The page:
For example, Indonesia ranks 111 out of 180 countries in the 2009 CPI and it is estimated that more than 50% of logging in the country is illegal. New Zealand, the country with lowest perceived levels of corruption in 2009, reports only a few cases of logging infringements each year. Corruption may therefore be a potential driver of illegal logging and poor forest management. However, corruption in the forestry sector also has broader implications for governance as it requires the complicity of different sectors to be carried out successfully. This “corruption contagion” 1 can affect customs, police, local politicians and transport authorities and undermine the rule of law.2 Corruption in the forestry sector appears to thrive where forestry officials are given broad discretionary powers with limited official oversight. This may be exacerbated in remote areas where there is little opportunity for public scrutiny. The effects of corrupt activities are most debilitating in developing countries and economies in transition such as Indonesia, Papua New Guinea, Brazil, the Democratic Republic of Congo or Tanzania. Forestry corruption in these contexts poses a barrier to development as it deprives government of revenues, potentially undermines legitimate business activities and threatens the livelihoods of people who rely on forests to survive.3 A World Bank study suggests that, in the short-term, corruption reduces proper oversight of forest practices leading to destructive, inefficient logging operations focused on immediate profits. In countries such as the Philippines where forestry corruption is a long-standing problem, this leads to reduced investment and an overall decline in forest industries. While other economic factors may have also contributed to these changes, the Philippines – which was once a major exporter of logs in the 1960s-1980s – has now become a net importer.4 The literature on illegal logging often calls for improved monitoring and strengthened law enforcement, but may not consider the underlying problems of corruption that undermine attempts in these areas. Much work has been done on developing mechanisms to prevent illegal logging, for example, developing timber tracking technology, satellite monitoring and increasing conservation areas. However, technical measures of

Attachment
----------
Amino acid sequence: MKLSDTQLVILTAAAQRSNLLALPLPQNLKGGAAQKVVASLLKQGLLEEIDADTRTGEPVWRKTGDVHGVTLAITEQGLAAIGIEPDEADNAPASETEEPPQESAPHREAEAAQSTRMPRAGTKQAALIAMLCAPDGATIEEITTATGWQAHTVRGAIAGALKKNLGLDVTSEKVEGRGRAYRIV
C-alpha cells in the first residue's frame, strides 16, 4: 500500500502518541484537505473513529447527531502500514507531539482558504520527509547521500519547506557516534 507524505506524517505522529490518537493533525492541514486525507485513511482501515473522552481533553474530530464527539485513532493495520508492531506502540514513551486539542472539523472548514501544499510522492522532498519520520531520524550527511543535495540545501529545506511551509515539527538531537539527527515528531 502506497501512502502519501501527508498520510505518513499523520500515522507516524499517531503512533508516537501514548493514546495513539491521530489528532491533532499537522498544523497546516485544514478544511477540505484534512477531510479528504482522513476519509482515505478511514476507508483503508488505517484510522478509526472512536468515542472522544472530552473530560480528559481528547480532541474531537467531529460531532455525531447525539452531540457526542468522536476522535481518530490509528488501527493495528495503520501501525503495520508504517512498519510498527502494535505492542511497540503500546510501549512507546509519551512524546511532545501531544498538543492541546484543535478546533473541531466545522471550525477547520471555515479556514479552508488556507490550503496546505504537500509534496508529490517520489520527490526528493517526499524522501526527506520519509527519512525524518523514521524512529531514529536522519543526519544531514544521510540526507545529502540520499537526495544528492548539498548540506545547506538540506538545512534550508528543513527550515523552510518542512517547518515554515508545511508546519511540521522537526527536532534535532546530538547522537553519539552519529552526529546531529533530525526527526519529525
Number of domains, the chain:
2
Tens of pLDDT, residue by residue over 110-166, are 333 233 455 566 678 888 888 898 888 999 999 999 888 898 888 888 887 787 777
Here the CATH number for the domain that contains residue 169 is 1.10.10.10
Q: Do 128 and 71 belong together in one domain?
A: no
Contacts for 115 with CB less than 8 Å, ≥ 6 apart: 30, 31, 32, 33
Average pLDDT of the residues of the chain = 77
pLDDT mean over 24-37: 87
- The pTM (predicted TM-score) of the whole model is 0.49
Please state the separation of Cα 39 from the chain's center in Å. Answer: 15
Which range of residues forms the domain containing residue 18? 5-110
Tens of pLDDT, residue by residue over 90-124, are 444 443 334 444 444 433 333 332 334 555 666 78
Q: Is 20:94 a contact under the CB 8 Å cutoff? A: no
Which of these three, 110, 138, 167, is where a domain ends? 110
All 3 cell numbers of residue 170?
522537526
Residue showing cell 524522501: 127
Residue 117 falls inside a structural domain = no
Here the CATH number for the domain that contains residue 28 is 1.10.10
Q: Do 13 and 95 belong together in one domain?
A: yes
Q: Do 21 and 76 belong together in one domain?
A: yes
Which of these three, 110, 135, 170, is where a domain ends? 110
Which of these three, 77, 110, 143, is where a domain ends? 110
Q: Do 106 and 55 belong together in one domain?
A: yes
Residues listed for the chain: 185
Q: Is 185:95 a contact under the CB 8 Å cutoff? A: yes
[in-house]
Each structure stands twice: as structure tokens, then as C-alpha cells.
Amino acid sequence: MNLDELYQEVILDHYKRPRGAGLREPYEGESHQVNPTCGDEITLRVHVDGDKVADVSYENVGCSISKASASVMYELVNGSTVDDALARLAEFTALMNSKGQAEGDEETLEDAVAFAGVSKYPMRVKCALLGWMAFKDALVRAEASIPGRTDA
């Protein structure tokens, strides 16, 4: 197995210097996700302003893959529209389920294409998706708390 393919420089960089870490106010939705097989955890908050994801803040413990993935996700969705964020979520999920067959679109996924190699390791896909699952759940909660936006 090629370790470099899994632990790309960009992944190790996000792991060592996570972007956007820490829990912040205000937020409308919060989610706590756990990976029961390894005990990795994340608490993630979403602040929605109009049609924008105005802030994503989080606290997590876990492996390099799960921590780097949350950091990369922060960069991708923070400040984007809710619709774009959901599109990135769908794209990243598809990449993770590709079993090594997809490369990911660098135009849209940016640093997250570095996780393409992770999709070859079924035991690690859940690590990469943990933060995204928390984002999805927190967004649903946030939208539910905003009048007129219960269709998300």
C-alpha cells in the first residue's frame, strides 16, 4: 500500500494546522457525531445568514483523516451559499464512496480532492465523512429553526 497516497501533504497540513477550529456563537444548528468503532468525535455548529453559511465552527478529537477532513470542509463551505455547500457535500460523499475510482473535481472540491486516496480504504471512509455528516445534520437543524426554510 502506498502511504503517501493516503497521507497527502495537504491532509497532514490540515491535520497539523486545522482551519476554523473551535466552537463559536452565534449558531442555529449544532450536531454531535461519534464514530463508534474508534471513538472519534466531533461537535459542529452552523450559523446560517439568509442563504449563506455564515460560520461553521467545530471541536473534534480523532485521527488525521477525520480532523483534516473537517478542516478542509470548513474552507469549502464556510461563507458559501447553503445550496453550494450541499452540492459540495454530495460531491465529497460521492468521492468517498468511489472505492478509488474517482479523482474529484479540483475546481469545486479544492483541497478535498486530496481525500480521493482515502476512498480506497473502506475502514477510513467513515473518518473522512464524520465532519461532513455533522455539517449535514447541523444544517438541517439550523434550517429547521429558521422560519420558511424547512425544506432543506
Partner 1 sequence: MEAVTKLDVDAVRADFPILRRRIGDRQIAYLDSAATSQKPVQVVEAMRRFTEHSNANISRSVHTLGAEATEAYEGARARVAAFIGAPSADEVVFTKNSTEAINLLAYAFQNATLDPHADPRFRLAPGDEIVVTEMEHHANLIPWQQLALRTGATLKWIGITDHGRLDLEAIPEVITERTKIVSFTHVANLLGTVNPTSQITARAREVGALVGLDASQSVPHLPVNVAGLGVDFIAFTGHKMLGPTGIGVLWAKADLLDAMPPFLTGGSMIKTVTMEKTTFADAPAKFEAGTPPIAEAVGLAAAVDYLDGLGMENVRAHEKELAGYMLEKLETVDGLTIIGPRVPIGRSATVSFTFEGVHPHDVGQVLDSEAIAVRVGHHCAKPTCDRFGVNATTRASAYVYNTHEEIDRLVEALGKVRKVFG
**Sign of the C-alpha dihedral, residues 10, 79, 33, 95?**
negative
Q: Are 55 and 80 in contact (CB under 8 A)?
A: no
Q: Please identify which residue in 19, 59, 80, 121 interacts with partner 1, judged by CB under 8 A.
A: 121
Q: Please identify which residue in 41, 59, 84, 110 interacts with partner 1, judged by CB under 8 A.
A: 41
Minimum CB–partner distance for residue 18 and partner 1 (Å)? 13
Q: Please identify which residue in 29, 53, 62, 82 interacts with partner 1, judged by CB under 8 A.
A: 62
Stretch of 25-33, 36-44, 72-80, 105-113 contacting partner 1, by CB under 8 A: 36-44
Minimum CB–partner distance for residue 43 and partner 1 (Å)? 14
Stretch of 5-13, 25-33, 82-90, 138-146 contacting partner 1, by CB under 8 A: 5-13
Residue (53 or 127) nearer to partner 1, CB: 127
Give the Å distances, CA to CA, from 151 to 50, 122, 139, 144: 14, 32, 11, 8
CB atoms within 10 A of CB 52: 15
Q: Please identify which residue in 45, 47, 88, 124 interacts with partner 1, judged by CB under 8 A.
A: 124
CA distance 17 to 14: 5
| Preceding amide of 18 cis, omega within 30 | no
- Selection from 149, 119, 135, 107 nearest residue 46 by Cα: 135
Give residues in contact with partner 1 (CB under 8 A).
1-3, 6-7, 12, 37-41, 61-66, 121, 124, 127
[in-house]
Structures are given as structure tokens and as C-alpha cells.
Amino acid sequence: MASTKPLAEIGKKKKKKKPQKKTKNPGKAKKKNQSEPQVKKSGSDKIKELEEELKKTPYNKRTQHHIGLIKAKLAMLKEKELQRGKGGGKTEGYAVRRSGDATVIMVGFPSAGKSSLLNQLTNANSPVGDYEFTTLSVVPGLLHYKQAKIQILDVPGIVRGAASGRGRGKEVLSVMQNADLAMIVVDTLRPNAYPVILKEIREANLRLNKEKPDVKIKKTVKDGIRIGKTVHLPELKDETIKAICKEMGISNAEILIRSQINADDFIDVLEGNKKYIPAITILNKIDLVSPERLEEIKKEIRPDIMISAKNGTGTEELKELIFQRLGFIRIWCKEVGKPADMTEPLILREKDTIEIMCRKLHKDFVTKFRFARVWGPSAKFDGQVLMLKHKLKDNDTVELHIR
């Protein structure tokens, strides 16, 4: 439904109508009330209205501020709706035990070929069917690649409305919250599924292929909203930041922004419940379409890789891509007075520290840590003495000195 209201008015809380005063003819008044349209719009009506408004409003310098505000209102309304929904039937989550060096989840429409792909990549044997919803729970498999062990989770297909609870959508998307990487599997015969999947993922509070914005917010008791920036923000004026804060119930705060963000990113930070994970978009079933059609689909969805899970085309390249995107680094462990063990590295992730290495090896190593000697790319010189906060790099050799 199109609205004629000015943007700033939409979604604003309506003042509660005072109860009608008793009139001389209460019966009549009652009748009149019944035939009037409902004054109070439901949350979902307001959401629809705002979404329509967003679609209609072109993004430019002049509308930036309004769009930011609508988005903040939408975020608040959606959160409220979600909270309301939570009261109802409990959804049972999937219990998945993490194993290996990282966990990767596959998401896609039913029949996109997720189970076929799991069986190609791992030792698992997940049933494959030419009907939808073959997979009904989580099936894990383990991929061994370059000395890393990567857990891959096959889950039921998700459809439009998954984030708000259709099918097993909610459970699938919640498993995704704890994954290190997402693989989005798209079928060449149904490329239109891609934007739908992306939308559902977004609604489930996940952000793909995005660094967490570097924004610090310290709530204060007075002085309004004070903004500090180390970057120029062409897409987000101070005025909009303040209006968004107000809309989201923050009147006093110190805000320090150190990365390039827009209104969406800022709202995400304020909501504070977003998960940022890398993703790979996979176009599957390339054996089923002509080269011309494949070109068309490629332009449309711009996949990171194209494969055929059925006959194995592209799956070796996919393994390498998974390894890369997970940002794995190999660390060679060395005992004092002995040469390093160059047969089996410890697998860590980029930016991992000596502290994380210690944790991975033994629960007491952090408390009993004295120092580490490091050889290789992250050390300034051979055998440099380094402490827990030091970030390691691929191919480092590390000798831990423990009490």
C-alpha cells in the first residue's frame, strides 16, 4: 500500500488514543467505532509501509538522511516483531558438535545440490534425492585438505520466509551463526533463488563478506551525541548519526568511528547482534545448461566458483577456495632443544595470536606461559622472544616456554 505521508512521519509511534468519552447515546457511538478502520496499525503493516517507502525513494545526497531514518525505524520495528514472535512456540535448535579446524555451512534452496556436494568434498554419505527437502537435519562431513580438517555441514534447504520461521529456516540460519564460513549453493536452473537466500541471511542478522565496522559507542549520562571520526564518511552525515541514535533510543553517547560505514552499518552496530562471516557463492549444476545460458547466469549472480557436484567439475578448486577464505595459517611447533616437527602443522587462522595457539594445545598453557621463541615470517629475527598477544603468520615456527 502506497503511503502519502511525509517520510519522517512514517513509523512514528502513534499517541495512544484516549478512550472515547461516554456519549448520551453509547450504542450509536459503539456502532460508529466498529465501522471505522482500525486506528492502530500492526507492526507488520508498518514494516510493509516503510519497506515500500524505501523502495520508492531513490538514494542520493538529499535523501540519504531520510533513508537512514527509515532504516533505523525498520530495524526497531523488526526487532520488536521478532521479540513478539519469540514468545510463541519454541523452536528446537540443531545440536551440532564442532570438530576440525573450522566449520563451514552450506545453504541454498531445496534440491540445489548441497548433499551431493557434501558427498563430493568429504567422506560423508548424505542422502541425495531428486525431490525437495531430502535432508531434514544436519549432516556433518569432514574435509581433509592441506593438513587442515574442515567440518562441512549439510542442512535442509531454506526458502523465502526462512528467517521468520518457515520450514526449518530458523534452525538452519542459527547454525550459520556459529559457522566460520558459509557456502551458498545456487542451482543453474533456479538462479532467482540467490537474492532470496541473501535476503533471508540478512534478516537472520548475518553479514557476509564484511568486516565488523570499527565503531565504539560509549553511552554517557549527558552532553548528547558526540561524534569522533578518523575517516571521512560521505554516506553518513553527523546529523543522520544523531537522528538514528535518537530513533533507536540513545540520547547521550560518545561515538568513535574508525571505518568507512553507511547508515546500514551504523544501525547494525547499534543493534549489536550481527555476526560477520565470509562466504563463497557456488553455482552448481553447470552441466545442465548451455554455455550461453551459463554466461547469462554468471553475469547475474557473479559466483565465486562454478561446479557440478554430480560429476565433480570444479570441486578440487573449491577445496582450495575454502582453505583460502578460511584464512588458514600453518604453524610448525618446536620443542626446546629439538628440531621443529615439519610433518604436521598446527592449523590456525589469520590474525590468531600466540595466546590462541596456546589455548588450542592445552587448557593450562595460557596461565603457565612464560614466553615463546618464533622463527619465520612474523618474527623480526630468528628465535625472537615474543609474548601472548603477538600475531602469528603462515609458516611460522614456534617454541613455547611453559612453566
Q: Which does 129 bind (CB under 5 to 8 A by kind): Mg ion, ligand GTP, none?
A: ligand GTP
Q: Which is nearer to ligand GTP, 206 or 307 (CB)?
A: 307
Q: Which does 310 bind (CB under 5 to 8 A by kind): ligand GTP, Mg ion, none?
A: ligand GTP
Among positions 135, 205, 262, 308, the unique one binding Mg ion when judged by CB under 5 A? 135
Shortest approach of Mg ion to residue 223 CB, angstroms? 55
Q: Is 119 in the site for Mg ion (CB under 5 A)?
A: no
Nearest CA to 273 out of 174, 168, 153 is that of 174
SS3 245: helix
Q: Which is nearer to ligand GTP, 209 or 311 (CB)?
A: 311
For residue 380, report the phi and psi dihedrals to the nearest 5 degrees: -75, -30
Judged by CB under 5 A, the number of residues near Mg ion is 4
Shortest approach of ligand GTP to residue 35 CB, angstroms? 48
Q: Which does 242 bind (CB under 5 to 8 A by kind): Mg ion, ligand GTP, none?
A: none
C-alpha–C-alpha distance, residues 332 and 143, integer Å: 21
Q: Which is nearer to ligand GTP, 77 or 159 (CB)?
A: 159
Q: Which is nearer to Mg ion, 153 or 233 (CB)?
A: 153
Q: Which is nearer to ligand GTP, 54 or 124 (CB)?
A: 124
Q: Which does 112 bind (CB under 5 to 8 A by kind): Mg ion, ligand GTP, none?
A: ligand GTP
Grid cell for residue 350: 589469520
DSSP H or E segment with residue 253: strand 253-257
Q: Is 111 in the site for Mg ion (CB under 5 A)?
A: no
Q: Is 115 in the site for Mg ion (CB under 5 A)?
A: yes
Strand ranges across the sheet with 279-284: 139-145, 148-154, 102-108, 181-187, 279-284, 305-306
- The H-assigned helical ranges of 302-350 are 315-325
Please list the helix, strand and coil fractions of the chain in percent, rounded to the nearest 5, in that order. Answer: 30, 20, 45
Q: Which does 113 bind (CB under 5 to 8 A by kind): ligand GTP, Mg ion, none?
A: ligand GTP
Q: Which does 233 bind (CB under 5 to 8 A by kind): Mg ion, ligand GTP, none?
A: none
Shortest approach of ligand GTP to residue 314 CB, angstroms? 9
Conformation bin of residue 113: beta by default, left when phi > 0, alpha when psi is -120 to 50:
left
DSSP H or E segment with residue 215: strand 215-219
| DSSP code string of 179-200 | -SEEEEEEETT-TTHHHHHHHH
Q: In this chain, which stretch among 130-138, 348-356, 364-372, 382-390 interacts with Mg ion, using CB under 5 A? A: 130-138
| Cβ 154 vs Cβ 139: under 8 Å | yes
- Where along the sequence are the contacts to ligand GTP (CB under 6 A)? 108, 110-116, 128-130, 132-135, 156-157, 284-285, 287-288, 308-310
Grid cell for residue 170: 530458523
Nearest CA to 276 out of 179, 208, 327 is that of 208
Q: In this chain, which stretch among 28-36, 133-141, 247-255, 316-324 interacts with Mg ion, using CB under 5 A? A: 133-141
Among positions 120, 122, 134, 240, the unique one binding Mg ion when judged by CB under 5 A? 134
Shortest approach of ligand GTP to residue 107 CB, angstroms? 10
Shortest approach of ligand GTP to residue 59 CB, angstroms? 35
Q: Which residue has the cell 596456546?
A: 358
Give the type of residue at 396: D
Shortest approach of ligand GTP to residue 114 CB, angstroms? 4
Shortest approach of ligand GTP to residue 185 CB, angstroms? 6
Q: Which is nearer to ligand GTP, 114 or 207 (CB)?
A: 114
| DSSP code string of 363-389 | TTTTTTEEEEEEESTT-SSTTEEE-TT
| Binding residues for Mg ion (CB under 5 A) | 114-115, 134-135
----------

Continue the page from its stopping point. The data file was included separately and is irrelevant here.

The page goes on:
this nature alone are unlikely to be effective against corruption. It is the nature of corruption to undermine political will for reforms that are considered detrimental to the maintenance of corrupt relationships or arrangements. Those in positions of authority may be captured by the interests they are supposed to regulate for the common good. An example of this difficulty, cited by Kishor and Damania, is the case of Cambodia where the government appears to have improved its capacity to detect forest crimes but is unable to prosecute them, in part due to corruption challenges in the judicial system.5

2 State of information on corruption and forestry A brief review of the literature related to deforestation and illegal forest activities indicates that increasing attention is given to the quality of forest governance. “Illegal Logging and Global Wood Markets: The Competitive Impacts on the U.S. Wood Products Industry This report by Seneca Creek Associates/Wood Resources International is a primary source for most studies that draw links between corruption and illegal logging. This was the first report that made clear the relationship between the two activities and demonstrated the impact corruption has on the global timber trade. Despite its significance, the report’s main focus is the economics of the timber trade and it devotes less than two pages to the topic of corruption. It does not attempt to unpack implications except as they relate to financial aspects of the legitimate timber trade. The Impact of Corruption on Deforestation: CrossCountry Evidence In this study, the authors have compared data from corruption indices such as the Corruption Perception Index (CPI), International Country Risk Guide (ICRG) index, and Business Intelligence (BI) index with rates of deforestation in different countries over time. Their findings support the proposal that reducing corruption will reduce illegal forest activities. The Underlying Causes of Forest Decline